In order to learn about the rehab system in Belize, I got in contact with Nadine Intering, a physiotherapist and the rehabilitation director for Hillside Health Care International in Punta Gorda, Belize. They run a rehab program within their centre, as well as conduct home visits within the community. ‘Rehabilitation Technician’ is also the formal title used in Belize for therapist assistants; however, in Belize, RTs are trained informally, on the job. Some undergo training in other countries and then return to Belize to work. Administrative tasks are a big portion of their duties. These administrative duties include scheduling appointments, maintaining inventory, and engaging in language translation. Since there is no regulation in Belize, some RTs have the authority to complete the full rehabilitation process with their clients.
Another country that uses therapist assistants is Peru, except there they are called ‘technicas’, which is a general term for ‘assistants’ in Spanish. Susie Paul, a therapist assistant from Canada, had the chance to experience this role in Peru during her practicum as a volunteer from 2010-2011. Although the rehabilitation practice she experienced shared many similarities with Canada, there were key differences as well. When it came to her responsibilities, which she found similar to working in BC, she was involved in the rehab sessions by providing an extra pair of hands, teaching clients exercises, gait retraining, neurodevelopment sequence training, and other physiotherapy related treatments. Key differences, however, were that she had no administrative responsibilities or equipment repairs to do and that she was always working under a physiotherapist. Although the scope of practice was not defined, she did notice that working solo as an assistant was not done within Peru. Conclusively, our role internationally may vary slightly between each country, as we can see. Nonetheless, the need and necessity for therapist assistants is very evident.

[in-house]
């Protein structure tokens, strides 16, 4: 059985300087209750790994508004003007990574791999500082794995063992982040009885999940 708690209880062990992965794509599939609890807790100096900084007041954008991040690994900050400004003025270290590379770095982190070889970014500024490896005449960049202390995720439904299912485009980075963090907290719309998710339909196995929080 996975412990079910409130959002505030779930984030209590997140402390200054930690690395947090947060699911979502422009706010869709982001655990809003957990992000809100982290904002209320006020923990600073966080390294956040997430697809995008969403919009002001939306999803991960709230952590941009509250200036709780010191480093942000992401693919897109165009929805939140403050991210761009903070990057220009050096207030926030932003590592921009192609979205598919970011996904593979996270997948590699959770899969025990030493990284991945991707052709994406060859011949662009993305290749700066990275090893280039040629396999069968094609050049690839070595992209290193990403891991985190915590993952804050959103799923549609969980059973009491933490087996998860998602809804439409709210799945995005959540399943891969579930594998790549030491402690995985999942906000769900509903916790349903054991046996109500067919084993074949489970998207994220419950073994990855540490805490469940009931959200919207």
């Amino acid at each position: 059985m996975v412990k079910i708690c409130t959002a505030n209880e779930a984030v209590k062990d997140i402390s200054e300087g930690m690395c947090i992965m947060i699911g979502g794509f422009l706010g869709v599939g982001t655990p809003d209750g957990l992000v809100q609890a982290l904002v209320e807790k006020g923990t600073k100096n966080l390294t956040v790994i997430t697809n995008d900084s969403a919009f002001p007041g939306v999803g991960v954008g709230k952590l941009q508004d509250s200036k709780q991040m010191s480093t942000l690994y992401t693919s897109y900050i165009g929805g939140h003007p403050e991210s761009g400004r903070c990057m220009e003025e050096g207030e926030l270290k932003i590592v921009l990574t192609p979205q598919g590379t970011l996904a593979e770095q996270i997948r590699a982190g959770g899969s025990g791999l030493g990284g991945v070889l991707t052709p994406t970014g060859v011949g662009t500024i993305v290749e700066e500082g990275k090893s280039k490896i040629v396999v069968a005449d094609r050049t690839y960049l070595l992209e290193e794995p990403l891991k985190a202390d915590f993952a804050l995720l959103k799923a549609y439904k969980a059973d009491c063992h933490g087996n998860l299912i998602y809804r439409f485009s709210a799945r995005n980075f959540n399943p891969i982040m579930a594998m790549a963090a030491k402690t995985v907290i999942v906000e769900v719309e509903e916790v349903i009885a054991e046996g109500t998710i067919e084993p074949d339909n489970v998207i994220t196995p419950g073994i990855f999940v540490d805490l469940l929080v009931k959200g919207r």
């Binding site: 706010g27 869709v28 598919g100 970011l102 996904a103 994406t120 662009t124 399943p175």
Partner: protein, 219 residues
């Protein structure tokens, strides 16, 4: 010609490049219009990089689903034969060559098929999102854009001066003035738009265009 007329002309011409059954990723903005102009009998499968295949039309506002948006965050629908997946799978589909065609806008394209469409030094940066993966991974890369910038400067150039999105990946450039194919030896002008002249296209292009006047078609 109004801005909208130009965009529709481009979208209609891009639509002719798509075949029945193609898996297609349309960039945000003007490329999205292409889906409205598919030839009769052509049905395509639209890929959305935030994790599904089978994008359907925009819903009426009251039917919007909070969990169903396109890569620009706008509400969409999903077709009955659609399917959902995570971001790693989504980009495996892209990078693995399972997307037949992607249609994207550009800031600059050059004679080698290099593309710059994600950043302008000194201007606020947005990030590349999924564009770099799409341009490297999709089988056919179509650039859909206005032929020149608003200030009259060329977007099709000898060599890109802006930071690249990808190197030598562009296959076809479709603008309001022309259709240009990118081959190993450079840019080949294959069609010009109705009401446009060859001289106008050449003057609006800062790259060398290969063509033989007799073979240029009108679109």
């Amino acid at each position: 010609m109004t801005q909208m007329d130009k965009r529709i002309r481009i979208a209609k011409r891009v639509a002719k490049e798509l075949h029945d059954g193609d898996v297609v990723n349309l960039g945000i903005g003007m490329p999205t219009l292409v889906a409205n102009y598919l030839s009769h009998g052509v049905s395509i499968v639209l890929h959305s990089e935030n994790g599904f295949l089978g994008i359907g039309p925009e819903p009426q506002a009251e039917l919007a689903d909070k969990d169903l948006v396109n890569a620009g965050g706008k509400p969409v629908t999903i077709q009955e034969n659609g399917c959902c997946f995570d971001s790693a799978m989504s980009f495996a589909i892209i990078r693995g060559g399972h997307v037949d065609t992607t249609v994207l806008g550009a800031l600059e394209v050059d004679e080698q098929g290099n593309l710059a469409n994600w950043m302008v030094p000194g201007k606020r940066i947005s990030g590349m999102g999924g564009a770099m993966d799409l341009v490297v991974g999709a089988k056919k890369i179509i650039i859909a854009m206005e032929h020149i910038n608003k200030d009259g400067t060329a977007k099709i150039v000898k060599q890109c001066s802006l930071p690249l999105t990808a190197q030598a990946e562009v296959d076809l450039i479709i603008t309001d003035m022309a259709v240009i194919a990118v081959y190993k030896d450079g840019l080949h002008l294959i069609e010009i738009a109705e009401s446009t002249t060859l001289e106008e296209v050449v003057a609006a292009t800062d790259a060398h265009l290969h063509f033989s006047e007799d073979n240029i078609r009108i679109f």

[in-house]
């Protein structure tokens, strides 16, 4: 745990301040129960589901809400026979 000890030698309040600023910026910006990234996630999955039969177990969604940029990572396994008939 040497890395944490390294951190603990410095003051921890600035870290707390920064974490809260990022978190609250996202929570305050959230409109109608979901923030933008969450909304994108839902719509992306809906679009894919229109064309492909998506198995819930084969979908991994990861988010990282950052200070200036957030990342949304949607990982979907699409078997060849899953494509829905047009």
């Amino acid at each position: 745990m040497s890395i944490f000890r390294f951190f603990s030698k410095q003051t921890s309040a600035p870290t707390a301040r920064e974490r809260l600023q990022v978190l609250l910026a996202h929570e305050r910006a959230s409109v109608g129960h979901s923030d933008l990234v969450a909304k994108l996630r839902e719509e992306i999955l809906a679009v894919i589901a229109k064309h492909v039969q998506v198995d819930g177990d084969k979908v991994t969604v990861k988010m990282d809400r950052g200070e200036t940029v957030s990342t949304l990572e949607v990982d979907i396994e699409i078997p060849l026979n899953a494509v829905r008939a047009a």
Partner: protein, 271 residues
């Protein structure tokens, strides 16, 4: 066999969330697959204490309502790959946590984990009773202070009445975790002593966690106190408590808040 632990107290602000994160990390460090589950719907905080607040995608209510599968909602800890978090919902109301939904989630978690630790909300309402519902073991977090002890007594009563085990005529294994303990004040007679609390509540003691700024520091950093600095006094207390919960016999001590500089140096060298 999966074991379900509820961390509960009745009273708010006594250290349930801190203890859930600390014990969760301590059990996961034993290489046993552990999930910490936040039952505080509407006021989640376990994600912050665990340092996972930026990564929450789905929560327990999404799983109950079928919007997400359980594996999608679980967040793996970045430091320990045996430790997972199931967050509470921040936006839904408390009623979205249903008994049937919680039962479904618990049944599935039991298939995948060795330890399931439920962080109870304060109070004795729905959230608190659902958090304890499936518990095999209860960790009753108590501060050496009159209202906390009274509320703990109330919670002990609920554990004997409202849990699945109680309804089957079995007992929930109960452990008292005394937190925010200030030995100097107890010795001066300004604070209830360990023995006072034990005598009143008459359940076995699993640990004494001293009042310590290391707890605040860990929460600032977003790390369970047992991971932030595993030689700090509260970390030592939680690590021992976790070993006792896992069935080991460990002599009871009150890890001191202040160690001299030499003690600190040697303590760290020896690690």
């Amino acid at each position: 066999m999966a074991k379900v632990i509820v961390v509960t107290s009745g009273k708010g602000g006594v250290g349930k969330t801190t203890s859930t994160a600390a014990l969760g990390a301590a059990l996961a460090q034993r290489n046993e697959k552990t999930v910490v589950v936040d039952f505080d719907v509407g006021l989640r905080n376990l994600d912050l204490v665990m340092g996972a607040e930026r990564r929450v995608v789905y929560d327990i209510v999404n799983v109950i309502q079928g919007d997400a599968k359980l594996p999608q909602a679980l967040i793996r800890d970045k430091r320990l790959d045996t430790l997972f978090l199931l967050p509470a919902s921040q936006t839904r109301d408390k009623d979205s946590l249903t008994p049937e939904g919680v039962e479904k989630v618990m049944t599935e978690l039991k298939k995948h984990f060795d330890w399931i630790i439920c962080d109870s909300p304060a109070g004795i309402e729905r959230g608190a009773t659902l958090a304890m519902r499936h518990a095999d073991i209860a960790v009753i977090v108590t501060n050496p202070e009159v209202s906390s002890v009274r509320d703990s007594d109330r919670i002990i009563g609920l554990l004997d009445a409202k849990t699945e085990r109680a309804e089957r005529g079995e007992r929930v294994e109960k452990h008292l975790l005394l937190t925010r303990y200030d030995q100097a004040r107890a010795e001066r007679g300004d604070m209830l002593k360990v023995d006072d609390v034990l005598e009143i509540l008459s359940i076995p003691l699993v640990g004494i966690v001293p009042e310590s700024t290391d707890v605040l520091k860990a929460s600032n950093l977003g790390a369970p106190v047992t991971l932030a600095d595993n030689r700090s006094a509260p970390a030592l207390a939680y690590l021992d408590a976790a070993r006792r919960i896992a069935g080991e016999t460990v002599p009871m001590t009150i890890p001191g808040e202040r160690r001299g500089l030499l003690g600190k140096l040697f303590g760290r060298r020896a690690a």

What Are the Professional Regulations in Different Countries?
Regulation for therapist assistants varies, depending on the country they completed their training in and where they are practicing. In Belize, there is no formal body that regulates rehabilitation technicians; however, Nadine Intering mentioned there is an Allied Health Professional Council that does provide some licensing to the RTs and physiotherapists in Belize. There is no required exam, although there are still many forms and documents to be signed in order to work as a RT. In Malawi, rehabilitation technicians are regulated under the Medical Council of Malawi, which regulates many disciplines, such as physiotherapists and medical doctors. This council states that rehabilitation technicians need to work under a physiotherapist. By comparison, in Peru, there is no regulation for assistants. Although there is a lack of regulation in some countries, professional therapist assistants still have a valuable role to play. Unfortunately, little to no regulation in other countries seems to hinder the growth of this profession. It makes me wonder how international regulation for therapist assistants could not only advance the profession, but also create an abundance of jobs overseas for those wishing to work internationally. By having internationally recognized standards, the scope of practice would be consistent, therefore making our job transferable globally.